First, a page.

Creek Diva February 08, 2012 at 03:28 AM
@Clinton the "homies" was a direct quote from the Facebook event. I'm no spring chicken anymore, but I'm pretty darn sure kids still call each other homies as term of endearment. Ya' dig?
Dave Enright February 09, 2012 at 10:55 AM
Hey Mark Smallhoover, pretty lame excuse. Skateboarders don't like wearing helmets in the same way swimmers don't like to wear floaties? How many times in the last 5 years was a recreational swimmer, purposely swimming in the way a skateboarder is purposely boarding for practice/tricks, killed because they drowned without floaties? The answer is ZERO. Skateboarding is inherently dangerous and these kids that think they are invincible and too cool for protective equipment are dying every year. No, we can't make them wear the equipment. Ultimately it's up to each individual boarder. I know of at least one that if you were able to ask would like a do-over. It's a tragedy and one that unfortunately will be repeated over and over again. Personally, I think the city should CLOSE the park. As a tax payer I wouldn't want the liability because ultimately lawsuits are going to file. A family member is going to sue the city because the city wasn't vigilant enough in forcing their loved one to wear the protective helmet he purposely wouldn't wear because it wasn't cool to wear one. Yes, unfortunately the only answer to eliminate broken bones and lives is to close the park. Put a remembrance placque up for sure in his memory, but close the park. The city needs to save lives and prevent tragedies like this, not allow them to possibly happen over and over. Just my opinion. I could be wrong.
Fritz 'Congodog' Stoop February 09, 2012 at 03:18 PM
Another re-action-ary response to people enjoying themselves! These folks would have us all cocooned in bubblewrap, cowering in our attics for fear of the dangerous world. Society maybe has the responsibility to inform citizens of potential danger (road signs) but certainly not the job of eliminating them all. Where's the fun in that?
Dave Enright February 09, 2012 at 04:10 PM
Reactionary? Perhaps, but the city is really left with no choice when the park they set up for all to enjoy, as long as those that use it follow the rules regarding safety equipment, isn't being used properly. It's not reactionary when only one side is playing by the rules and knowing this allow that side to continue to do so at their own peril. You're right, there's no "fun" in it at all. It's tragic and when a government realizes the general public won't protect themselves from imminent harm/death they have a responsibility to protect the general public from themselves.
Fritz 'Congodog' Stoop February 09, 2012 at 04:52 PM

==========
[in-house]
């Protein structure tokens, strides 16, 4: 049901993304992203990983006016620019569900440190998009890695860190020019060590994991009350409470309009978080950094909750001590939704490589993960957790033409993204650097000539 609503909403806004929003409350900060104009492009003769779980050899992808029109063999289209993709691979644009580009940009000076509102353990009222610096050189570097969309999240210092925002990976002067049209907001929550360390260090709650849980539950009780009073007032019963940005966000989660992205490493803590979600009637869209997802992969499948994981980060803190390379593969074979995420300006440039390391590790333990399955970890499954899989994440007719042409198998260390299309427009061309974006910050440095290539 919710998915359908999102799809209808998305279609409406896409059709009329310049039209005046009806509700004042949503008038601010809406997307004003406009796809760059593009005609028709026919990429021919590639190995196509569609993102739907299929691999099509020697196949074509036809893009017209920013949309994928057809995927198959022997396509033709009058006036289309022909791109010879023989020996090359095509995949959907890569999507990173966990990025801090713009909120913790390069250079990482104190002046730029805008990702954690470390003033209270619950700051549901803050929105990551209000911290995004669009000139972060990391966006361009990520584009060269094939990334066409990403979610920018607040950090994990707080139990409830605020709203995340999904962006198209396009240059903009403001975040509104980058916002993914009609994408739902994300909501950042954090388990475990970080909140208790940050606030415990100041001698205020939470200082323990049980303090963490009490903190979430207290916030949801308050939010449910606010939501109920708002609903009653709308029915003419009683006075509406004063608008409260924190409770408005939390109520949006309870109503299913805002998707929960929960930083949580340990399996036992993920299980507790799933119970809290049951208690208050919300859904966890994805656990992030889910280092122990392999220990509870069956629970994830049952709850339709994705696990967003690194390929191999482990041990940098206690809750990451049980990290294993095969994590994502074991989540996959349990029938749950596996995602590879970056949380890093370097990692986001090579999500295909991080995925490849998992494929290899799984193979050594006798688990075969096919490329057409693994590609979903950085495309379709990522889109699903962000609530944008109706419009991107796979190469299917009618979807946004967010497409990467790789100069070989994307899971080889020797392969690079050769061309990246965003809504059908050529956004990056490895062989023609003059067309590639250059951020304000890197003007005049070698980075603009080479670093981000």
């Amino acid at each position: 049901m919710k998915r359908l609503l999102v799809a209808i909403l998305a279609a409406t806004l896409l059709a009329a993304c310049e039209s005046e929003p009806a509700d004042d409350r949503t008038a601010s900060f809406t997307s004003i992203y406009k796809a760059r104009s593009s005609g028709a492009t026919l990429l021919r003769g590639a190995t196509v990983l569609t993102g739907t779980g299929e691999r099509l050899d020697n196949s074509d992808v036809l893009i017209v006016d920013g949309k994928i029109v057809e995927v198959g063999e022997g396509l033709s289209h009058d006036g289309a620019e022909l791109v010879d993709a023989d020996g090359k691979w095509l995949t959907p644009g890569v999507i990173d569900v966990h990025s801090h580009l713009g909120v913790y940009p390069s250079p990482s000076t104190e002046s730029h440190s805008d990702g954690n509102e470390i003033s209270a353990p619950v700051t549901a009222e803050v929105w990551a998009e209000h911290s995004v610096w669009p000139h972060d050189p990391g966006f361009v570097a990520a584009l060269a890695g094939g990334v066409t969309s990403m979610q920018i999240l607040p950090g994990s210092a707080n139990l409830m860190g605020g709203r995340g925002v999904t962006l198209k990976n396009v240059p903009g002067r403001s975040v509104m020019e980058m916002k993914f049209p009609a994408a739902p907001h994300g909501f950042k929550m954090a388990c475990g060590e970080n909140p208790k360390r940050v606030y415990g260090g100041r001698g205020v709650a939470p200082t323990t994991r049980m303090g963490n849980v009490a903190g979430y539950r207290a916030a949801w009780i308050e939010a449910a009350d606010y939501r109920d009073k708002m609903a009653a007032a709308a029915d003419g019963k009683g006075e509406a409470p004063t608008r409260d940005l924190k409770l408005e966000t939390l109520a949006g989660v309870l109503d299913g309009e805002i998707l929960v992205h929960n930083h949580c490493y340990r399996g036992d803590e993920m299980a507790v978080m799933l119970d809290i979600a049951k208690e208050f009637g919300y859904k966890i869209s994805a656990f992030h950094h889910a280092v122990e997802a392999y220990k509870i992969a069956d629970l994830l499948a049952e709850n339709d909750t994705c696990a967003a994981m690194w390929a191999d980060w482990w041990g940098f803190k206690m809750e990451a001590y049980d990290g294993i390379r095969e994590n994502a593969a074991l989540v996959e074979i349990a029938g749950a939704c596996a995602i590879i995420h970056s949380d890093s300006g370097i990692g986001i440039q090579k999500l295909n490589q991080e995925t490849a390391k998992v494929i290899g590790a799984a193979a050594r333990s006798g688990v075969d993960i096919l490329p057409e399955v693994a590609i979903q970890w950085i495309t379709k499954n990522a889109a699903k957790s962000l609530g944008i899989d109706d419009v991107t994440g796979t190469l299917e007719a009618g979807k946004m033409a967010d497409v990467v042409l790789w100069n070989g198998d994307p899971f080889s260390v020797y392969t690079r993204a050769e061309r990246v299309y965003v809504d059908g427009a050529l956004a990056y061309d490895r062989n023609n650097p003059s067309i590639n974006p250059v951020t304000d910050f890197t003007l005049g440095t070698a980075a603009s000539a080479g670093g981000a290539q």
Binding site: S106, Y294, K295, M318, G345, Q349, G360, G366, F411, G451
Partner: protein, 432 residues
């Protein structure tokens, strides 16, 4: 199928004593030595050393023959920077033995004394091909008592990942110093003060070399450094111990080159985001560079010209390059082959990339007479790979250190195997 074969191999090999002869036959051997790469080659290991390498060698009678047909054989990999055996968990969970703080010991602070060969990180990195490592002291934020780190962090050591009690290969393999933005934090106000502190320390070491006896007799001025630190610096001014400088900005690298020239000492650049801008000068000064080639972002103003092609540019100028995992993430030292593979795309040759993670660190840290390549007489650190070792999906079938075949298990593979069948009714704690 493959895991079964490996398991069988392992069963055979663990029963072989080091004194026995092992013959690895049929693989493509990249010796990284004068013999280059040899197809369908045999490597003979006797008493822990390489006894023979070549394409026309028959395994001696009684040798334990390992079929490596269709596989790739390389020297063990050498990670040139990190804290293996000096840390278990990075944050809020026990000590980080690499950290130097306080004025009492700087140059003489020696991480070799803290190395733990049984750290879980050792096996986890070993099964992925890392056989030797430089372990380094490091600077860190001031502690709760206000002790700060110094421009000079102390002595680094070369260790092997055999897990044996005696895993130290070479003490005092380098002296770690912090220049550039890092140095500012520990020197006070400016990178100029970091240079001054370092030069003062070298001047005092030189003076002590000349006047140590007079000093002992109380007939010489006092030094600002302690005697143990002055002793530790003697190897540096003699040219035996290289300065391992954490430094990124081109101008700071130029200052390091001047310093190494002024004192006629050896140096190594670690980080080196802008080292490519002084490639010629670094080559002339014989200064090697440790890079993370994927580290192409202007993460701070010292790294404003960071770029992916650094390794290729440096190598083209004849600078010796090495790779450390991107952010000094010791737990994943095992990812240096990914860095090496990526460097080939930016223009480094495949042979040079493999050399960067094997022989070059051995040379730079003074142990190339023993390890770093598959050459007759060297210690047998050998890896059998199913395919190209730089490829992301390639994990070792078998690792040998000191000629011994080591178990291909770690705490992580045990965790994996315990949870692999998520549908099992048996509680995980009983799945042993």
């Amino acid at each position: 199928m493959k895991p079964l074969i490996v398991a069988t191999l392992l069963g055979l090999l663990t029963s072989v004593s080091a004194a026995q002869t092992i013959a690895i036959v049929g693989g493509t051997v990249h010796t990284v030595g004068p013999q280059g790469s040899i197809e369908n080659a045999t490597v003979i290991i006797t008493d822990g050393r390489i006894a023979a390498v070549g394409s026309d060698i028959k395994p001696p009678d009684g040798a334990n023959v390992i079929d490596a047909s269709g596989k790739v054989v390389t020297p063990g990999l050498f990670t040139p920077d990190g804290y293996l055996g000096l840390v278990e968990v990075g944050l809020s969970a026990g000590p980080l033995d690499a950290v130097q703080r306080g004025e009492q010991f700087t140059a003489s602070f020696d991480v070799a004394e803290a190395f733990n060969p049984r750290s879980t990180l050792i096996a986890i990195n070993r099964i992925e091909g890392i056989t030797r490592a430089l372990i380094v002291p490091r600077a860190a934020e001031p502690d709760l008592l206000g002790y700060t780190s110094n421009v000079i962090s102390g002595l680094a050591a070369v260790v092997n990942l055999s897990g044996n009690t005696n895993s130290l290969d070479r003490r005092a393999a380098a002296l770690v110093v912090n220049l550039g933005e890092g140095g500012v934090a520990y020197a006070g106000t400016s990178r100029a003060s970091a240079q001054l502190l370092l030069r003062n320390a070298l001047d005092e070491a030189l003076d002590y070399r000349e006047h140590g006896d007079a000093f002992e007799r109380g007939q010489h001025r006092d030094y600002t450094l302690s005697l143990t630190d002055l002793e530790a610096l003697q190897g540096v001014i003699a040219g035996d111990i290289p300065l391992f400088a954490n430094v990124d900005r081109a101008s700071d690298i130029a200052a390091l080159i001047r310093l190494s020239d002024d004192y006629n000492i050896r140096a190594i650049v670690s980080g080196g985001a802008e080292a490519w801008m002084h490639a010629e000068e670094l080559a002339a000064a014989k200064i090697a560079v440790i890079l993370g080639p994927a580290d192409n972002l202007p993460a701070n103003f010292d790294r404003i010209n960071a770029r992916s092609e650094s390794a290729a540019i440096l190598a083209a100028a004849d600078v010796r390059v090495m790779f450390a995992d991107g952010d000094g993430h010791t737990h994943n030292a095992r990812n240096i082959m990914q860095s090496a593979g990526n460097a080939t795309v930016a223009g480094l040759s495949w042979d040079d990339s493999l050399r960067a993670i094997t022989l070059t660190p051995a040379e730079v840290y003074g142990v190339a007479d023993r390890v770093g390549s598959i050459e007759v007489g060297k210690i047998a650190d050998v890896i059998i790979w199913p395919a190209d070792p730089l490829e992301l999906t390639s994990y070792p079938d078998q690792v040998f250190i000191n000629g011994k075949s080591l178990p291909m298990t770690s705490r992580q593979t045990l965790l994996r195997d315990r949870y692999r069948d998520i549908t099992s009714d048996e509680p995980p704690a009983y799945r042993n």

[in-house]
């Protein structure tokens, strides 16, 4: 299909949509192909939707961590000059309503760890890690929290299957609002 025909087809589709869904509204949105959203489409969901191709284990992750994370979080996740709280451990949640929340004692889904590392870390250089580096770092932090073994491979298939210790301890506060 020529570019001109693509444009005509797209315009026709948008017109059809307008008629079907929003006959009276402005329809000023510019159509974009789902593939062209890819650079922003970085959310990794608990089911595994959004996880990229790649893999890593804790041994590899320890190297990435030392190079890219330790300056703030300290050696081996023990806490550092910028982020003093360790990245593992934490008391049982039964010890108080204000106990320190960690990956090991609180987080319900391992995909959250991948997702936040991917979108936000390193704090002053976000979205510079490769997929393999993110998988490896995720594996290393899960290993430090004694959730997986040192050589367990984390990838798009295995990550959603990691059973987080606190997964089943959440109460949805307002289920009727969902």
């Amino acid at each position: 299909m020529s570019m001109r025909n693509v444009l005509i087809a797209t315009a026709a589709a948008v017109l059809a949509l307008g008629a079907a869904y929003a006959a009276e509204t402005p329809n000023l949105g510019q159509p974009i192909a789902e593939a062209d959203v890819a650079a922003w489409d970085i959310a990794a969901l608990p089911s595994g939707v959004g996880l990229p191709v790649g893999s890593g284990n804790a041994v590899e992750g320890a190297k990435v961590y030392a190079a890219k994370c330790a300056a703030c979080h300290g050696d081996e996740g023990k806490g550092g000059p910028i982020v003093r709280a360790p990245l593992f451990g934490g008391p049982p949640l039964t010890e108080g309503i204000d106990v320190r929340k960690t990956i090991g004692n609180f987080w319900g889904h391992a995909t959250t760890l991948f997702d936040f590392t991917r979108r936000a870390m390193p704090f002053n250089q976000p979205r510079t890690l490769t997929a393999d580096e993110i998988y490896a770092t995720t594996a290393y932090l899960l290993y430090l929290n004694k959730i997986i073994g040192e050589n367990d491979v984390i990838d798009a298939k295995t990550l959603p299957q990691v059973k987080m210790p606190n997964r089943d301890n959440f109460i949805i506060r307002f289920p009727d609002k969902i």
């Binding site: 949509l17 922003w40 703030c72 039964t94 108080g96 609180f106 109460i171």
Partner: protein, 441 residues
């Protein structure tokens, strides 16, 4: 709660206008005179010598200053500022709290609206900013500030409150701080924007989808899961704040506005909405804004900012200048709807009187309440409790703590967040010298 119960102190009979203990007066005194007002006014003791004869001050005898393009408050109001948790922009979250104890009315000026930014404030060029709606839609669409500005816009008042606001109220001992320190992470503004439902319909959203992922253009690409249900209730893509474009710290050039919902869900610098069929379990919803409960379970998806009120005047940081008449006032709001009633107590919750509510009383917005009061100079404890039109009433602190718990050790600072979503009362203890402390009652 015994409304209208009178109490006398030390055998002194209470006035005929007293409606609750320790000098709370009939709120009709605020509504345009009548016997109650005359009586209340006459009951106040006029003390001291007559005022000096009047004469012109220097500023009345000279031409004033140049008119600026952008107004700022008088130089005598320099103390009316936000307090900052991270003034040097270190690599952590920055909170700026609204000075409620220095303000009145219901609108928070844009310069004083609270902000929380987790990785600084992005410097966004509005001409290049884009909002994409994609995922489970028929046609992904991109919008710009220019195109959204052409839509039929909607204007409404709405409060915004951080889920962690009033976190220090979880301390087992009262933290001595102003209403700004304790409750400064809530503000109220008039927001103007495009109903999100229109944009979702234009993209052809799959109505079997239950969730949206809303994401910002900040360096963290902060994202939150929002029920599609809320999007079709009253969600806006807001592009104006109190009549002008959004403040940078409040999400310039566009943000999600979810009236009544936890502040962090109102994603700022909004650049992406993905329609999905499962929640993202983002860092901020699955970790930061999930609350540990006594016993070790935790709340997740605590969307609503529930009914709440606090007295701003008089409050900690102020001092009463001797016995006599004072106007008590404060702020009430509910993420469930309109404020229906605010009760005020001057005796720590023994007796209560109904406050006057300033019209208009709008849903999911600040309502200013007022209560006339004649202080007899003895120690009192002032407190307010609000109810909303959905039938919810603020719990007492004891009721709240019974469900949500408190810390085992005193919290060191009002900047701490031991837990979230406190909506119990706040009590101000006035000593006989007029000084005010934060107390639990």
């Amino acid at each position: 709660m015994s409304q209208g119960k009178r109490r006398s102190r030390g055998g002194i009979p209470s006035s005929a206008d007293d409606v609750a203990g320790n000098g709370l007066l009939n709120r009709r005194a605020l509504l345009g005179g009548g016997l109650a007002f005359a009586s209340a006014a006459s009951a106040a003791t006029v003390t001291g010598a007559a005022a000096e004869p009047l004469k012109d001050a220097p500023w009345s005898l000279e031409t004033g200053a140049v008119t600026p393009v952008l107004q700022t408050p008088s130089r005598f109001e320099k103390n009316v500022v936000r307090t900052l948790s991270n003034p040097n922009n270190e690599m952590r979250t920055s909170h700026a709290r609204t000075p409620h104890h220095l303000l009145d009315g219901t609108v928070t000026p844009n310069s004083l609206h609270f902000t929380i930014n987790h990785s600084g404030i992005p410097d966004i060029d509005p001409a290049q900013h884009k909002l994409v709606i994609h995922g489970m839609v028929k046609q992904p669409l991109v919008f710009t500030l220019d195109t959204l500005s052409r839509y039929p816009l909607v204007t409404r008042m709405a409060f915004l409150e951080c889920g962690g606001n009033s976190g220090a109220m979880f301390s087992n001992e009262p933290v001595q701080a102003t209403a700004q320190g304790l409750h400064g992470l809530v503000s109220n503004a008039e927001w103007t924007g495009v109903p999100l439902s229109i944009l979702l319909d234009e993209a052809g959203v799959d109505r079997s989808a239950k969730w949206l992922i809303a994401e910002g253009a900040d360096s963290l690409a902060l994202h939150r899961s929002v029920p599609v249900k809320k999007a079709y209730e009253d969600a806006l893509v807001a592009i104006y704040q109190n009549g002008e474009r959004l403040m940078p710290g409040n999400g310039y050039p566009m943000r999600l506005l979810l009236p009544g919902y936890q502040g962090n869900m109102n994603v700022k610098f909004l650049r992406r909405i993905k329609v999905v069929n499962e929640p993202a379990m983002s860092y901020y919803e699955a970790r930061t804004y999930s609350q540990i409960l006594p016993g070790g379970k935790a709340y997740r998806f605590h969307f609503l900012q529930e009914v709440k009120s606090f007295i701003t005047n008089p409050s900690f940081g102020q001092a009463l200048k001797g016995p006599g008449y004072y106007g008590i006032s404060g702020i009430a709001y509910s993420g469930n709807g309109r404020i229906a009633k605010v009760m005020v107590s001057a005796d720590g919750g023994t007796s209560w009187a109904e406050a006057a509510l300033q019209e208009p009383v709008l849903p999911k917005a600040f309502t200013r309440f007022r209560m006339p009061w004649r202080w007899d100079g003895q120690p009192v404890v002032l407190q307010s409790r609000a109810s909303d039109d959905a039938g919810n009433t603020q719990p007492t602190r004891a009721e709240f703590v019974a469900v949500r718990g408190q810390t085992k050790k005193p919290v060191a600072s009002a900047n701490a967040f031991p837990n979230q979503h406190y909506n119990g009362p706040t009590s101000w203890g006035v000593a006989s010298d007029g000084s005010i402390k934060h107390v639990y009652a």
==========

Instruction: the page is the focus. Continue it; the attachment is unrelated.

I thought most of the bellyaching around here was founded on less government in our lives. Now you expect said government to hold each and every one of our hands. Cannot have it both ways. Call it natural selection or culling the herd. If you're too dumb to know what's good (or bad) for you and it doesn't kill you, it is called an 'educational experience.' I would settle for safe roads and a well trained police force in necessary numbers in a corporal sense. Don't get me started on financial oversight!
Julie Mendelsohn February 10, 2012 at 02:24 PM
I don't follow this, Dave. Tucker didn't have an accident at the skatepark, so why all the frustration about helmets? He died boarding on the street.
Dave Enright February 10, 2012 at 03:27 PM
LOL It doesn't take MORE government to protect the idiots from themselves. Enforvce the laws on the books as is. If the idiots don't want to follow the rules and put the city's coffers in jeopardy then fill in the skate park and make it a nice huge lawn. You're "less government" argument is a red herring. I don't expect the goverment to "hold everyone's hands", just the idiots that need protection from themselves as they are the ones that will put you and I in danger as they have no care for themselves.
kyle February 13, 2012 at 07:57 PM
Rest IN Peace Tucker. Name the skatepark after him, its only right...
Fritz 'Congodog' Stoop February 13, 2012 at 08:17 PM
All due respect, Mr. Enright, but you cannot have it both ways. I suppose we could register all the idiots and get them covered by a public "Idiot Umbrella Policy" and create yet another bureaucracy. We must take responsibility for our own actions if we want the government out of our lives. Red herring, indeed! Snort!
Julie Mendelsohn April 27, 2012 at 02:04 PM
What's the current status of this?